Hey all, I have recently finished watching the 1980 film Brave New World which is based of the book. Overall I found the movie pretty entertaining since it was pretty close to the original source material. Nothing like seeing  colorful catsuits and creepy smiles to get you thinking about how this film differs from the book. On a serious note I feel as though the film focuses more on  specific events and dialogue in order to make the story more linear with whats going on.

The first major difference that we see in the film is how the narration begins in the story. The film starts with a much younger Tomakin and Linda planning their trip to the savage lands. ┬áThere we witness how Linda has an accidental pregnancy, and is never to be found in Malpais. Tomakin returns back to civilization where we see how he is connected to Bernard Marx excessive alcohol mistake. ┬áThe film focuses 1/3 of its time in order to build on its backstory, premise and connect their main characters to each other. It shows how John and Bernard’s upbringing are vastly different due to ┬áwhere they lived. Bernard grew up in the comfort of civilization always having what he wanted and going through normal conditioning. At 48 minutes we see a scene with Bernard being conditioned through pain to participate in erotic play with the other children. Bernard still becomes the man who just doesn’t fit in normal society. We also see John growing in the poor slums of Malpais being raised by his mother Linda. In the 46 minute mark we see Linda telling John how wonderful her old home is, making John want to escape ┬áto this happy place. The story sets up the characters in a way where see them wanting to be happy and fit in society. At fifty two minutes the story picks where the book begins and we’re left waiting for them to meet. I personally found allot of emphasis on this part of the story since it was quickly brought up and put to rest in the book. The backstory allows us to understand how the characters will develop in the future and understand who they are better, John wanting to be happy in civilization, and Bernard being unhappy in civilization.

The next emphasis that the movie focused on was Mustapha Mond’s character. In the book we do not see much of him but he plays a bigger role in the movie. Mustapha is not just some character who has a philosophical debate at the end of the story, he actually play’s the role of controller. We first see Mustapha Mond 13 minutes in the movie, when he is talking to Helmholtz about a film proposing new ideas that reflect improvments in conditioning. We then see Mond who really likes the film but with a smile on his face says it must be destroyed. Helmholtz tries to defend the film by saying it shows improvement in society, Mustapha replies with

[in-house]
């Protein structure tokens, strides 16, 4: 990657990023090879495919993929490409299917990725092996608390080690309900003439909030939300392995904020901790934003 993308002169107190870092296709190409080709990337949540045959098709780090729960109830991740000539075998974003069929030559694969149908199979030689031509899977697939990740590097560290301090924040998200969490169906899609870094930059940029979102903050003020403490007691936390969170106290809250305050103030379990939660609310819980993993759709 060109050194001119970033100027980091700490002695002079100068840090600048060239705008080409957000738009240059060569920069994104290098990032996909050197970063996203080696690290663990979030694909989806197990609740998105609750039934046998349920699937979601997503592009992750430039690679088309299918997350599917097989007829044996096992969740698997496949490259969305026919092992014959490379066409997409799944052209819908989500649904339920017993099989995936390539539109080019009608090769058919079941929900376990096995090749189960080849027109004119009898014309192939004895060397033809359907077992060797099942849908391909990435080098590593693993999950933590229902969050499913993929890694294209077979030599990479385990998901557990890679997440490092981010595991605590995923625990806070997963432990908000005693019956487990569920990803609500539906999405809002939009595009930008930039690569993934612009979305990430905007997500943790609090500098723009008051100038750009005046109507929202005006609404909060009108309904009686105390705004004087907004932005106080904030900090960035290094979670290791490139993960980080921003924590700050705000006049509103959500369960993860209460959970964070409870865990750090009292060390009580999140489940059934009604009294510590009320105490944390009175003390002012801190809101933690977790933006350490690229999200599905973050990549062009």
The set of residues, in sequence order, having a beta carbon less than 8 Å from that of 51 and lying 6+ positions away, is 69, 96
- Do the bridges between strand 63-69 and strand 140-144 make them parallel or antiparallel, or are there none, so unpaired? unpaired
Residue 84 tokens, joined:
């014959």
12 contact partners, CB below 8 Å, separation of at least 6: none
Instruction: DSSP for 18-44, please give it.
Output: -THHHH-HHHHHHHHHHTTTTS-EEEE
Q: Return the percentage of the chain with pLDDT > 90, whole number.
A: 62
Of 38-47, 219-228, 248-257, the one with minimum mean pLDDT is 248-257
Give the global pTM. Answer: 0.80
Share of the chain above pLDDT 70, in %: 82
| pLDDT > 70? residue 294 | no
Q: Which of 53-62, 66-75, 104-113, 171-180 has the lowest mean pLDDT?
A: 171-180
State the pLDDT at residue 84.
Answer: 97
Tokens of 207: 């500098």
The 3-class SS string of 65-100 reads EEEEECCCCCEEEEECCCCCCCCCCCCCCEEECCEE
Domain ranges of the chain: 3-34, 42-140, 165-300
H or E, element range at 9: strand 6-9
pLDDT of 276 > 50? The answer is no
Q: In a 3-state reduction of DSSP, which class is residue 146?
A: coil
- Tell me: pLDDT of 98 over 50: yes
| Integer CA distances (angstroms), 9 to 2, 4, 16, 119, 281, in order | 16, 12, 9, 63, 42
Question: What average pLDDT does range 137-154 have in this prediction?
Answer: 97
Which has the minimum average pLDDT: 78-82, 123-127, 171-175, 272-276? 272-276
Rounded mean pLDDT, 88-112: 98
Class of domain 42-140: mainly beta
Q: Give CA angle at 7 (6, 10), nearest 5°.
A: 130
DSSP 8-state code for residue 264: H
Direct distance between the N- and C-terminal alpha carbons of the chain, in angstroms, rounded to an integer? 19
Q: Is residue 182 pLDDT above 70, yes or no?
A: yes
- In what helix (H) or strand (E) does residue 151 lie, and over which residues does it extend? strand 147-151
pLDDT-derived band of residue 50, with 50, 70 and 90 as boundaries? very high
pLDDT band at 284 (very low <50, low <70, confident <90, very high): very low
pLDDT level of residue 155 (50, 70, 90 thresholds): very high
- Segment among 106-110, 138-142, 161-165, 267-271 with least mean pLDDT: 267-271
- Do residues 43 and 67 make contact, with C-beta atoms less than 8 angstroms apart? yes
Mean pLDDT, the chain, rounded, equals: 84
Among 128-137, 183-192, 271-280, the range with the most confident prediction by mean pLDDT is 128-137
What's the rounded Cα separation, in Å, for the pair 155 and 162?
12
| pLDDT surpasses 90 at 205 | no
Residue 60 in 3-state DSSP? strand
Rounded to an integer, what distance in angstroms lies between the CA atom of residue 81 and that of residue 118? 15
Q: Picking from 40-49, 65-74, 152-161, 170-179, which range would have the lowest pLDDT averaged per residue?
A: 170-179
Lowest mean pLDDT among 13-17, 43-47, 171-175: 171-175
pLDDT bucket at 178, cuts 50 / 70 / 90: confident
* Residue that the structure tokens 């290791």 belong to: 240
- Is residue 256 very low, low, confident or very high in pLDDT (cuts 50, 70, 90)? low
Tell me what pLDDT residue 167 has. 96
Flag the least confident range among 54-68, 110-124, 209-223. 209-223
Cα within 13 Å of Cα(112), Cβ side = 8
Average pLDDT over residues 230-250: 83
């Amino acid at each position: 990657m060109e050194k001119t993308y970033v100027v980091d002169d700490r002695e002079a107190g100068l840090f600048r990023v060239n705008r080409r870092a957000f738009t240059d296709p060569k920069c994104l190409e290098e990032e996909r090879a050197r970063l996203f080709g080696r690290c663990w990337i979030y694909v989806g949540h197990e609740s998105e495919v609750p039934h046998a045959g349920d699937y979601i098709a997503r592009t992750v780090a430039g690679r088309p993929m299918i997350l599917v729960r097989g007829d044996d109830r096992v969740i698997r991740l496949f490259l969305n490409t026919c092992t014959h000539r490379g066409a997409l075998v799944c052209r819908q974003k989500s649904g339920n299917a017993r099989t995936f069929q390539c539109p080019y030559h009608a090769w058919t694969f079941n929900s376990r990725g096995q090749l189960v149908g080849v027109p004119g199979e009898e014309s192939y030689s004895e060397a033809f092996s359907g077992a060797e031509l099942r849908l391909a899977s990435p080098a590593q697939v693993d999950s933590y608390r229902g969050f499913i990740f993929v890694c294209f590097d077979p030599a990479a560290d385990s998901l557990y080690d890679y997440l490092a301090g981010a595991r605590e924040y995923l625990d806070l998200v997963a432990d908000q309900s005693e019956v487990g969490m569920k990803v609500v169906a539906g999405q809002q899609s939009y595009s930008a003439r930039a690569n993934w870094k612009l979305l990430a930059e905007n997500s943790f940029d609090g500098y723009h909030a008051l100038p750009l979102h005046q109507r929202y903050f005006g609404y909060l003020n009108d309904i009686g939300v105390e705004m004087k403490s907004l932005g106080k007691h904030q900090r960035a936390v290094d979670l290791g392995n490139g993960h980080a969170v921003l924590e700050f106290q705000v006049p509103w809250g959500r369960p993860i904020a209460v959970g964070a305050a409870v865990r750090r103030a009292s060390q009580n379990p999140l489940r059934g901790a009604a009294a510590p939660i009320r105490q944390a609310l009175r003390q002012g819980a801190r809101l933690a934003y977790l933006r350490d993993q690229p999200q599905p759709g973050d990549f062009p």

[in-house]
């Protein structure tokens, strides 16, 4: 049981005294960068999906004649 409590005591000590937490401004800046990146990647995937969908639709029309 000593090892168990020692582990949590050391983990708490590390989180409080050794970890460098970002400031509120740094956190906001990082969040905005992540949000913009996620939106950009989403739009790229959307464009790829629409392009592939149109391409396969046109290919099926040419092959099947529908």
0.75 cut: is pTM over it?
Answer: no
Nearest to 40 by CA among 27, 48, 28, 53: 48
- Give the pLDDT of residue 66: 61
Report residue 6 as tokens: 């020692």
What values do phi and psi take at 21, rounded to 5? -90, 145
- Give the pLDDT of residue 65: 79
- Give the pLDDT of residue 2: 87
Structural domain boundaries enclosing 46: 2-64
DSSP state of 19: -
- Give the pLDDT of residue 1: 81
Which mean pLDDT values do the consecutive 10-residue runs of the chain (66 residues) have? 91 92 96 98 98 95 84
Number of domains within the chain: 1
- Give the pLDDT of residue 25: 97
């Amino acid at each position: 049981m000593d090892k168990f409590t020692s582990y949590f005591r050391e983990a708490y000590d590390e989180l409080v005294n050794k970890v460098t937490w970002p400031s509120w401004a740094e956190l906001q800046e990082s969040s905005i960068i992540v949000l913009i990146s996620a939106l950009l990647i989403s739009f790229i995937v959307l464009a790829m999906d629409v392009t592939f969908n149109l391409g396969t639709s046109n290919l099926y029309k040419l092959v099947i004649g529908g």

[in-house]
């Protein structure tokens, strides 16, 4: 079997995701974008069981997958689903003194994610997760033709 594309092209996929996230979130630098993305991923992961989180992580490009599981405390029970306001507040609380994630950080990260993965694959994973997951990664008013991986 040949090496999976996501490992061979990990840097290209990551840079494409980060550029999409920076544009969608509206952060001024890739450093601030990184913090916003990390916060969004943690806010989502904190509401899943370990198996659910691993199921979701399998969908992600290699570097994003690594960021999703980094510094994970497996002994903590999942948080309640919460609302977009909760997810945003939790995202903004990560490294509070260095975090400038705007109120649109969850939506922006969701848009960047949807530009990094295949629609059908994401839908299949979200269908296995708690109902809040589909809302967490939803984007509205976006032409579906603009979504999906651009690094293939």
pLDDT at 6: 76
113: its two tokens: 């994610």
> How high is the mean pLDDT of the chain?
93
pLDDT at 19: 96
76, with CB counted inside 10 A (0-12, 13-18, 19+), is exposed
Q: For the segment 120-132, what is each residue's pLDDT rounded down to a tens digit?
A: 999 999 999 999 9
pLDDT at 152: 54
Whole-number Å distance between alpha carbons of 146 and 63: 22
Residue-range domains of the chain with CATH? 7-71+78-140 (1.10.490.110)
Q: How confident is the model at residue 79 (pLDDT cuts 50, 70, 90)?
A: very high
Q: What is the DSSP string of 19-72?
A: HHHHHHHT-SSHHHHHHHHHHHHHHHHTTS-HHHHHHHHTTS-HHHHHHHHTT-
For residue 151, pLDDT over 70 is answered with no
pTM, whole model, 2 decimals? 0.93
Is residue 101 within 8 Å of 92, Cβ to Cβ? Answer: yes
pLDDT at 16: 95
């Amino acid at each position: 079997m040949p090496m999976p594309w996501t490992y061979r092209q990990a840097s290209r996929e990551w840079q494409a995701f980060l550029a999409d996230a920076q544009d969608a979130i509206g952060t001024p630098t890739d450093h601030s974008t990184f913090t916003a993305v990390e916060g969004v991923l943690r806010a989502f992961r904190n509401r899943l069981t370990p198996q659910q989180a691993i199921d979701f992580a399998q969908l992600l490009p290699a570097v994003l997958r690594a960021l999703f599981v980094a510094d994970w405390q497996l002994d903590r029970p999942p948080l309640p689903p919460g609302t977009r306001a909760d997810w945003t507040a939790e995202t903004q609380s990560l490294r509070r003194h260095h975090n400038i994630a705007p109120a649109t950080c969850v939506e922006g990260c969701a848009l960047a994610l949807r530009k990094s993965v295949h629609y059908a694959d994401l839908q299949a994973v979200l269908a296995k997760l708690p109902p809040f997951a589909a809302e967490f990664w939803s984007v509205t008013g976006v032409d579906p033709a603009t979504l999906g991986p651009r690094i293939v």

14:43″recent implies past. improvement implies progress, and if the present is perfect then there cant be progress.”

This scene allows us to capture the ways censorship in the civilization works. All work that does not follow the goals of stability and perfection must not be allowed. Here we see how writers like Helmholtz can no longer work for himself but for the state. In the book we get a similar situation on pg162

“The authors mathematical treatment of the conception of purpose is novel and highly ingenious, but heretical and far as the present social order is concerned, dangerous and potentially subversive. Not to be published… What fun would it be … if one didnt have to think about happiness!”

I would say in the book Mustapha seems more relatable since the book but feels conflicted when he thinks about why he must destroy it. But in the movie we see Mustapha showing a more strict attitude. He quickly smiles praises the film and deletes it in a apathetic manner. This portrayal of Mustapha definitely makes him seem more like an antagonist. We also begin to see more of Mustapas motives with the other characters. Mustapha plays the controller, and he has a role in each of the characters fate. To explain we first see the scientist in Mustapha when he says

16:18 “I even composed a scandalous readout myself once, I think it was something about the possible benefits of allowing mutational differentiation in randomly selected embryos, an interesting idea but dangerous in the wrong hand.”

He begins following up on this curiosity in many scenes where he allows Bernard to live. At age six he sees Bernard is alive and extremely smart and wants to keep tabs on him. When Bernard request to go to the savage reservations he is called a ” Special project”. Mustapha responds with

58:10 ‘If a random variant like Bernard proves to be socially adaptable, it might mean certain mutations in the assembly process would be useful.”

Here we see Bernard playing into Mustapha’s plan in order to study him. It shows a darker side to the controller than we see in the book since he clearly shows a manipulative side to his character. He clearly hopes to play out those experiments he desperately wanted. Mustapha then shows curiosity in John when

1:25:50 “viviparous birth and an unconditioned environment the perfect experimental subject.” and 1:57:00 ” That is precisely what the experiment is all about. to determine whether or not the savage can adjust to our higher plane of morality… Mr. Marx is now a part of that experiment too.”

Mustaphas’ manipulative views reflect in a scientific way only hoping to learn from John and Bernard’s hardships as they try to accustom to civilization.He is clearly an antagonist since he views them as experiments and not people. Compared to the book Mustapha doesnt show much of a hand in the daily lives of these two men.